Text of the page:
Retrospective III: 23 Years Of Illegal Designs
Silvia Hartmann Energy Art Retrospective Part III
23 Years Of Illegal Designs
Art, Symbols, Fascination
& The Eternal Love Of The Light
Energy Art Retrospective With Silvia Hartmann 1994
III: 23 Years Of Illegal Designs
Q: I want to mention your book illustrations and your other design work. How long have you been working as a graphic designer?
Silvia: That is the most peculiar question, not because it is a peculiar question but because it was really not until I was preparing my “art CV” for this exhibition that it begun to dawn on me just how deeply I have been involved in the various aspects of this game, and for how long.
I always think, or at least I used to think up until a few days ago, of myself as primarily an author, or a writer.
But the fact is that since 1981 I have been involved constantly, continuously and without a fail in professional and commercial design.
That’s just that, without the literally endless jacket and sleeve designs, inlays, the diagrams and all the web stuff I do, absolutely each and every day. On top of that, I paint for a hobby as well – but it really never occurred to me to notice that. It’s strange how things work out.
Q: What are some of your favourite designs?
Silvia: Oh, there are so many!
One that springs to mind is the stained glass designs. Light and colour, right? Doesn’t get any better than stained glass, and I fully intend at some point to do something with that, some symbol paintings perhaps or something new.
One of my all time favourites is the Fire stained glass design.
That’s from In Serein, and that reminds me, I also like the cover for the First Edition of In Serein. Very retro and a bit unusual, but then most of my designs are like that, simply because I never went to design school and haven’t a clue how it’s supposed to be done properly. [laughs]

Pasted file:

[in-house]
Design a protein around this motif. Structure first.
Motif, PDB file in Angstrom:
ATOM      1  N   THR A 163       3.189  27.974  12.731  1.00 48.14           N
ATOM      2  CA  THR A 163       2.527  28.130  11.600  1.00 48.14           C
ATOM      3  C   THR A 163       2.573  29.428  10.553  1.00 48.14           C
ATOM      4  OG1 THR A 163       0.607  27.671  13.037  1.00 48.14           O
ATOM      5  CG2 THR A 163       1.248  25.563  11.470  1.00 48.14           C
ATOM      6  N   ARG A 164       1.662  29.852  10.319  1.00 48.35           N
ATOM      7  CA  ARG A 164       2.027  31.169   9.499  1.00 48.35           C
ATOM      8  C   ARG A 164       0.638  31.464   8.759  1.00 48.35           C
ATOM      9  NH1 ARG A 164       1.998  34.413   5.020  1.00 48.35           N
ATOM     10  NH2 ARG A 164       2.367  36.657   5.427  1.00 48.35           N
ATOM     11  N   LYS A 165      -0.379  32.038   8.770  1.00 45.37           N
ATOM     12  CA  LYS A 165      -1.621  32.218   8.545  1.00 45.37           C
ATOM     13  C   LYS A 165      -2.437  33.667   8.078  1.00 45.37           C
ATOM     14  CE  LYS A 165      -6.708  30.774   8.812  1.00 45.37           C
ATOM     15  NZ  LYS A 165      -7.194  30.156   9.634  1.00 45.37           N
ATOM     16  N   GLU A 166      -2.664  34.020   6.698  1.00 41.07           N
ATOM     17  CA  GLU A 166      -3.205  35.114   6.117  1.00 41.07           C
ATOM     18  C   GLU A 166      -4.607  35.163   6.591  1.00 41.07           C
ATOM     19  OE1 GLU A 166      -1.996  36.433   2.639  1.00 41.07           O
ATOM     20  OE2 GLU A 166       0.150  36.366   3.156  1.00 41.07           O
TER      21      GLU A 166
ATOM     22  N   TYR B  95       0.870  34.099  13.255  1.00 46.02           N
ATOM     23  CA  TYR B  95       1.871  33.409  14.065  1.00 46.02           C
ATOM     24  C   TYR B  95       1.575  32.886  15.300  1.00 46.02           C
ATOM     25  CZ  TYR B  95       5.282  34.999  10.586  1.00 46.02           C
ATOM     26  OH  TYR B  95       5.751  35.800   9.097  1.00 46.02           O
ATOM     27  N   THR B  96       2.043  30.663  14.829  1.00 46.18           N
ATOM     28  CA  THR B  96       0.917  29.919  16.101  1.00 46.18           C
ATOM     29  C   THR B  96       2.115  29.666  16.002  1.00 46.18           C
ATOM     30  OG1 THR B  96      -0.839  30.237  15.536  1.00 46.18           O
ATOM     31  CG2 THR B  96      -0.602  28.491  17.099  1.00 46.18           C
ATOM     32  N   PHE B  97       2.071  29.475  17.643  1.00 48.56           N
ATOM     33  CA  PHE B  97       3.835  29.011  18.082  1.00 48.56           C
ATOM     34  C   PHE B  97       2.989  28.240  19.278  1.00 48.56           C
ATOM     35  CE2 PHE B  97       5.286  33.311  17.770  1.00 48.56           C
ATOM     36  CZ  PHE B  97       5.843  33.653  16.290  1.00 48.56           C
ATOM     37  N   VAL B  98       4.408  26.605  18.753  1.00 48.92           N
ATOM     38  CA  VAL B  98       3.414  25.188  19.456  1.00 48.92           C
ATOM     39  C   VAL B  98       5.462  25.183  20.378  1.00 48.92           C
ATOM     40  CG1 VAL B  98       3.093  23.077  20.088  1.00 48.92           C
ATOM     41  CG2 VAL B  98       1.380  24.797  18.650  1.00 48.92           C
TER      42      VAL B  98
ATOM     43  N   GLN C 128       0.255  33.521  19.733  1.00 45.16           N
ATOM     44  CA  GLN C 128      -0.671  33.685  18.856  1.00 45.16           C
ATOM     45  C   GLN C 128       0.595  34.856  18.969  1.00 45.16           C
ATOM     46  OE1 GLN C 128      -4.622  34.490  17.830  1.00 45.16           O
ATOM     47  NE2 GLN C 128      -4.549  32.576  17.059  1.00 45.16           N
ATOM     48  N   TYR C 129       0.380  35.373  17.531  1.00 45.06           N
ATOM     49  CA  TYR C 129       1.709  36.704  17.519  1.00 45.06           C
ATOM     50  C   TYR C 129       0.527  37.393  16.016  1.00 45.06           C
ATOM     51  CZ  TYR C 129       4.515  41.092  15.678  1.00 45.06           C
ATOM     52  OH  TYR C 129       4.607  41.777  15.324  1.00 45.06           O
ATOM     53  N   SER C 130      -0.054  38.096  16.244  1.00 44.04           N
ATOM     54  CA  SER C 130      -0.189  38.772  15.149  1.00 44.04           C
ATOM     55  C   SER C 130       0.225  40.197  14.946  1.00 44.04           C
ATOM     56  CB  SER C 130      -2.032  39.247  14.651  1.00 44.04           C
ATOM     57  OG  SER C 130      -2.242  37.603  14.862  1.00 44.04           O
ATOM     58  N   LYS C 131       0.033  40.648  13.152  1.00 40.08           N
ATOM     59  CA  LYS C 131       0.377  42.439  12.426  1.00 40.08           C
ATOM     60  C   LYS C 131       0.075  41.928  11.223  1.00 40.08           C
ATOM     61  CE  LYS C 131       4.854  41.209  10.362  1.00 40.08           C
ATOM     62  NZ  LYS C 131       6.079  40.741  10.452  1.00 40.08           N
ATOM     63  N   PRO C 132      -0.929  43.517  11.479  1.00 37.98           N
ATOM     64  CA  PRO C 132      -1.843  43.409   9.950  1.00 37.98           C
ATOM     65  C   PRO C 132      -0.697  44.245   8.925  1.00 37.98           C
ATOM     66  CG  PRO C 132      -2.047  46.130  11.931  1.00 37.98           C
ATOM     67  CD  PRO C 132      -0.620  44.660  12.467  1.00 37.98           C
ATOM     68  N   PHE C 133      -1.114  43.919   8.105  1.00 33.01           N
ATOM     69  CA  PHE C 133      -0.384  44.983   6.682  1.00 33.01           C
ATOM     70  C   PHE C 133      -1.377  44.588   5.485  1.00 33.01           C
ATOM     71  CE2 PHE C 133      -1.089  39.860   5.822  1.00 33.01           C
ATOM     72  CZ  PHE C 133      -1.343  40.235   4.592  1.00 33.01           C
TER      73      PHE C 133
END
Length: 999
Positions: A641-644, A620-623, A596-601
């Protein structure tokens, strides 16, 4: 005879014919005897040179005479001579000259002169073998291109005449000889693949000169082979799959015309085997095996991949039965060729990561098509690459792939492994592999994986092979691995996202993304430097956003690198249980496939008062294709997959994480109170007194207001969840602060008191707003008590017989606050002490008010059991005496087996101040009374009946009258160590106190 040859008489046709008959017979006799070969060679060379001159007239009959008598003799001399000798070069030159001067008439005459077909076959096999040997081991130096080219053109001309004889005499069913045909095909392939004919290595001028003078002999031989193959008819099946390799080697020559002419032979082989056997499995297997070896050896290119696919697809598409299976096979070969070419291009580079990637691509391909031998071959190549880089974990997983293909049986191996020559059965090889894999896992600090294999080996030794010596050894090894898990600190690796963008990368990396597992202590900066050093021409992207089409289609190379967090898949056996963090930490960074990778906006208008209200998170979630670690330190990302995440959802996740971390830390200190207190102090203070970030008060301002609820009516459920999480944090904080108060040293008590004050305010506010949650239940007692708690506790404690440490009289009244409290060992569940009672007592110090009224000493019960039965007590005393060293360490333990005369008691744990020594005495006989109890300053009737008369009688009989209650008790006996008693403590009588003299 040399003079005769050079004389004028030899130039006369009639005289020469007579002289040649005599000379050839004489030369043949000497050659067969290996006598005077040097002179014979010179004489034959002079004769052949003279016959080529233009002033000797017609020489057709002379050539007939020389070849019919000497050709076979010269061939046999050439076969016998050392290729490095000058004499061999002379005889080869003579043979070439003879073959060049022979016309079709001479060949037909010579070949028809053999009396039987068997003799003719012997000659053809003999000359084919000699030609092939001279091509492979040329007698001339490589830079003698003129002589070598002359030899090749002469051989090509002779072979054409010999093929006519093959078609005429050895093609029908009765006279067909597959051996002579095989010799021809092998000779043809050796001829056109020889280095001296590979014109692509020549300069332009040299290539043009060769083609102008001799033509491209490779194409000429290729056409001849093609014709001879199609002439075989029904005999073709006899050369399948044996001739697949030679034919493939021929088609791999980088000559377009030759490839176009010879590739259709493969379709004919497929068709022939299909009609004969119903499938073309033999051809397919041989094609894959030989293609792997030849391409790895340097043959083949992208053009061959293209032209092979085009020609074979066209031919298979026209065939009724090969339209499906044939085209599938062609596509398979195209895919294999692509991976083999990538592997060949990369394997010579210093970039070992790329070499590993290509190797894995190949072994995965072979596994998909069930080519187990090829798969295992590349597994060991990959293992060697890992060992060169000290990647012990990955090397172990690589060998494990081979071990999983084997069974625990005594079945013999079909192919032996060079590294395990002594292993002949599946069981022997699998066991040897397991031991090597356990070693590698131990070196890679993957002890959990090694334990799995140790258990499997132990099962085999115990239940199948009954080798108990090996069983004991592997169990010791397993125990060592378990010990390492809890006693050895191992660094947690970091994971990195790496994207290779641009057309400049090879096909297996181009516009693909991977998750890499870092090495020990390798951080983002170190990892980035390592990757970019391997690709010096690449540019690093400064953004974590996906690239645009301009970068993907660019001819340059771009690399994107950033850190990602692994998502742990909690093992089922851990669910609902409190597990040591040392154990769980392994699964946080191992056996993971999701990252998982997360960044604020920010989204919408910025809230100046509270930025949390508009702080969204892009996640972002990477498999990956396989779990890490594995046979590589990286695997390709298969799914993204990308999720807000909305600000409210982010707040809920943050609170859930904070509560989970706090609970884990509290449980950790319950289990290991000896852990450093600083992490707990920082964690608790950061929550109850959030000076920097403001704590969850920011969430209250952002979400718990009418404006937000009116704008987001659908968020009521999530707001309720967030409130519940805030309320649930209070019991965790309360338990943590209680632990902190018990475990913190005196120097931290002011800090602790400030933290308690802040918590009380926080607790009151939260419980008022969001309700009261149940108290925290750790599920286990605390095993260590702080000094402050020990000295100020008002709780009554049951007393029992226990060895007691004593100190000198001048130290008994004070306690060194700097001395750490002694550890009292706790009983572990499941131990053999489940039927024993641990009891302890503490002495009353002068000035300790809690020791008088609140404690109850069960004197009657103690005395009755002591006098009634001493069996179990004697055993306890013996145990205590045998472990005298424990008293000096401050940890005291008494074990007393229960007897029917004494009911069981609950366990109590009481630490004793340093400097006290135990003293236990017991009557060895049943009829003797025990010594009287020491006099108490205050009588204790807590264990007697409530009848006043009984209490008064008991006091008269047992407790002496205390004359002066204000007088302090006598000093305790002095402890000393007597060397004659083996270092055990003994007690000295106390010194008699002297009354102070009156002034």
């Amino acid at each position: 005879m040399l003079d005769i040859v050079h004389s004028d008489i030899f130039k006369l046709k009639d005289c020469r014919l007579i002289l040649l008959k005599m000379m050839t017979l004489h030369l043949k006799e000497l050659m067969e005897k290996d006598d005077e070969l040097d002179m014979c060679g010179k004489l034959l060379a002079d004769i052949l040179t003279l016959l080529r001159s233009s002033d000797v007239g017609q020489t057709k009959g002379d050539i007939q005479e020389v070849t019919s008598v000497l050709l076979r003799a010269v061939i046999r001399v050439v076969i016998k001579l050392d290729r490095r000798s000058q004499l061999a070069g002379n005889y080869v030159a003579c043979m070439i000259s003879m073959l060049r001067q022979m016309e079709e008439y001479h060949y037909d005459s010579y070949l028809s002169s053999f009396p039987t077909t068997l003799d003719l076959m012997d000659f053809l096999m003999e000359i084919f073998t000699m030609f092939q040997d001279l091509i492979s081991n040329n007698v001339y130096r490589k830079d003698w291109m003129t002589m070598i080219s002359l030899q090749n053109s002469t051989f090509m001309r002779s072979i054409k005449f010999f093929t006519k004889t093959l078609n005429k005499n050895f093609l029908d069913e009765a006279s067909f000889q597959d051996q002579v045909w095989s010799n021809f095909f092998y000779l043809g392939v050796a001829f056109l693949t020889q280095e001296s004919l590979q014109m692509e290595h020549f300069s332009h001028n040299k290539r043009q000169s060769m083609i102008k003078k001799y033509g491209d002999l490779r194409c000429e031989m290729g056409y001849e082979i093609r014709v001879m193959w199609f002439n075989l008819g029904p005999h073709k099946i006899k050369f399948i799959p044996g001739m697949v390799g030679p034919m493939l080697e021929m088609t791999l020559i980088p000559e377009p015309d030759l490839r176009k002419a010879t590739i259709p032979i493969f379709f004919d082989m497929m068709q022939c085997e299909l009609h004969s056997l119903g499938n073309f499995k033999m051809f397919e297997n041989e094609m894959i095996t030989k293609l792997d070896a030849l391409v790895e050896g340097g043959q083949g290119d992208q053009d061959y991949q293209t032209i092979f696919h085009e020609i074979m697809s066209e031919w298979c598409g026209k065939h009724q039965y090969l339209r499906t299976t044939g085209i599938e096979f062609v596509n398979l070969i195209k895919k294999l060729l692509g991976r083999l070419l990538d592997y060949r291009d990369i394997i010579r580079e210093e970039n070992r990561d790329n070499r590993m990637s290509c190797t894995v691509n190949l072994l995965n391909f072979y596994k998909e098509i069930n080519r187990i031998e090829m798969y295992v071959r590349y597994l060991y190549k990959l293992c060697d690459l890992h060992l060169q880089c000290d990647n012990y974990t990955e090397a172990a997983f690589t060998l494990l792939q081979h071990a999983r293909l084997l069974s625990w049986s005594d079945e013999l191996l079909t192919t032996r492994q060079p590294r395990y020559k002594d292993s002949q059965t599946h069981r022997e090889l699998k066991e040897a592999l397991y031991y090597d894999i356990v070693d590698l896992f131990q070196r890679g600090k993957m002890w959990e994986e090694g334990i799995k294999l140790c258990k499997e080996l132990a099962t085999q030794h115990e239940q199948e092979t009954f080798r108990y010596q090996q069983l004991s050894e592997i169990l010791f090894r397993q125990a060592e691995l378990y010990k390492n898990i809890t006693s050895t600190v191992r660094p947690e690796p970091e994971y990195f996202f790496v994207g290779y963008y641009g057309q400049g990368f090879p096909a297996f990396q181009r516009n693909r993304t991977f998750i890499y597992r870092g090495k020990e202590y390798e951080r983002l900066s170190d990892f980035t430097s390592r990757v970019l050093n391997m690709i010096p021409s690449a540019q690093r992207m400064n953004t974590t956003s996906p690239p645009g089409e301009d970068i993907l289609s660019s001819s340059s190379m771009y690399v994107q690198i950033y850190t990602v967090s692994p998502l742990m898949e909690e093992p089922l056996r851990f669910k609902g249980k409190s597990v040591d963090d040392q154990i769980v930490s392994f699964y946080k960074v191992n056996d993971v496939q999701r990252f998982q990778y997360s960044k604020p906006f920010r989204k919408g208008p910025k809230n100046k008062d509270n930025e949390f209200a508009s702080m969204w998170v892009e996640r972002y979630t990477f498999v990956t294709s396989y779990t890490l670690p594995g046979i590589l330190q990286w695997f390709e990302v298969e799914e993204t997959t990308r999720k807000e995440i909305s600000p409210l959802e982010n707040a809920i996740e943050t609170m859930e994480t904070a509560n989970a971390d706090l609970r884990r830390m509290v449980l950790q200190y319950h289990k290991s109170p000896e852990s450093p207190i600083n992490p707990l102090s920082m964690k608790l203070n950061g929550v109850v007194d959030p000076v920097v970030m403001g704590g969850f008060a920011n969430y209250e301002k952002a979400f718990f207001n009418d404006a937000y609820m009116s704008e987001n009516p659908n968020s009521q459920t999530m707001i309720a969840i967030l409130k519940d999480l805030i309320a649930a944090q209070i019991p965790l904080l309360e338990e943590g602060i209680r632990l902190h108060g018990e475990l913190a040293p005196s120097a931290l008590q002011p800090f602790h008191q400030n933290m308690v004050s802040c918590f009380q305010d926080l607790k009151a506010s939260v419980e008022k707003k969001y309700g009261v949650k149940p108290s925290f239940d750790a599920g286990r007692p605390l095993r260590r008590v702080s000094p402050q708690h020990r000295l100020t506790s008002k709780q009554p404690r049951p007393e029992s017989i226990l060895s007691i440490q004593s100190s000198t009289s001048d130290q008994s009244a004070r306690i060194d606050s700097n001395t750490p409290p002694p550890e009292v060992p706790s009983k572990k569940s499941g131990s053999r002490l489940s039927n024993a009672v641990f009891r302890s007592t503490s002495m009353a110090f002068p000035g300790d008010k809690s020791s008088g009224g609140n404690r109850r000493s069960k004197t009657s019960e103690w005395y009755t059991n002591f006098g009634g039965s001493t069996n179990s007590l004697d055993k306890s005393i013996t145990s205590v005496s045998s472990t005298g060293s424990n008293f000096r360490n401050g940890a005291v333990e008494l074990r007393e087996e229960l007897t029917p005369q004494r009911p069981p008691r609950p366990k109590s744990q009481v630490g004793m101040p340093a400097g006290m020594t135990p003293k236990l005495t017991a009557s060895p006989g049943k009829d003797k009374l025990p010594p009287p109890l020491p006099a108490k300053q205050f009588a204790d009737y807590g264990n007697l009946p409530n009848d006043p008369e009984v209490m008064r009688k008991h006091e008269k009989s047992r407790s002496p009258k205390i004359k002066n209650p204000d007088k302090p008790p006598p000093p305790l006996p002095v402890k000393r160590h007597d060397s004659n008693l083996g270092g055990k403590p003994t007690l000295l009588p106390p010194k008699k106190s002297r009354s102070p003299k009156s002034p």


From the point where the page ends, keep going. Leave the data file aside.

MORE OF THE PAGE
Q: Do you sometimes think that the fact you have not attended art college works in your favour?
Silvia: I don’t think we’ll ever know now! [laughs]
I am at a point now with the commercial design where I really don’t worry any more, and simply because I don’t know how many thousands, hundreds of thousands of instances of my designs are out and about and being practically used every single day by God knows alone how many people, that is a sign to me that whatever I’m doing, it seems to work and what more do you need?
What I try and do is to make something that transmits the message, the energy behind whatever this is that is being illustrated.
Q: Oceans of Energy – you can see that from 200 yards away, those colours!
Silvia: [laughs] “Oh my, aren’t we colourful!”
Look, I just love colours. I LOVE them. They can’t be bright enough for me!
Q: That whole series of covers – ET 1, 2, and 3, is really quite stunning.
Silvia: The key to that design concept is that the images are fractals. If you look closely at the images, you will see that the edges are jagged – these are classic Mandelbrot fractal images. It is the colour and the fractal nature of it that I wanted for the Oceans of Energy theme – as above, so below, the Oceans of Energy are endless and you can zoom in and out to every level of existence.
Q: That concept works very well with the essence of EMO.
Silvia: Yes, very much so. And the new exhibition – 23 – is like that. It is in essence, a fractal experiment. It’s a combination of the oldest and the newest, or perhaps they are the same.
I can sit in front of an old desk, and see the lines in the wood, and they become a universe to me – and they can be anything at all.
Anything at all – depending on where you set your focal length.
It could be a map to an ancient world, it could be a piece of wood on the floor of a great cathedral, depending how you zoom it, and it could be anything at all.
I am completely fascinated by that.
23 is a combination of Art Solutions, and this original fractal movement.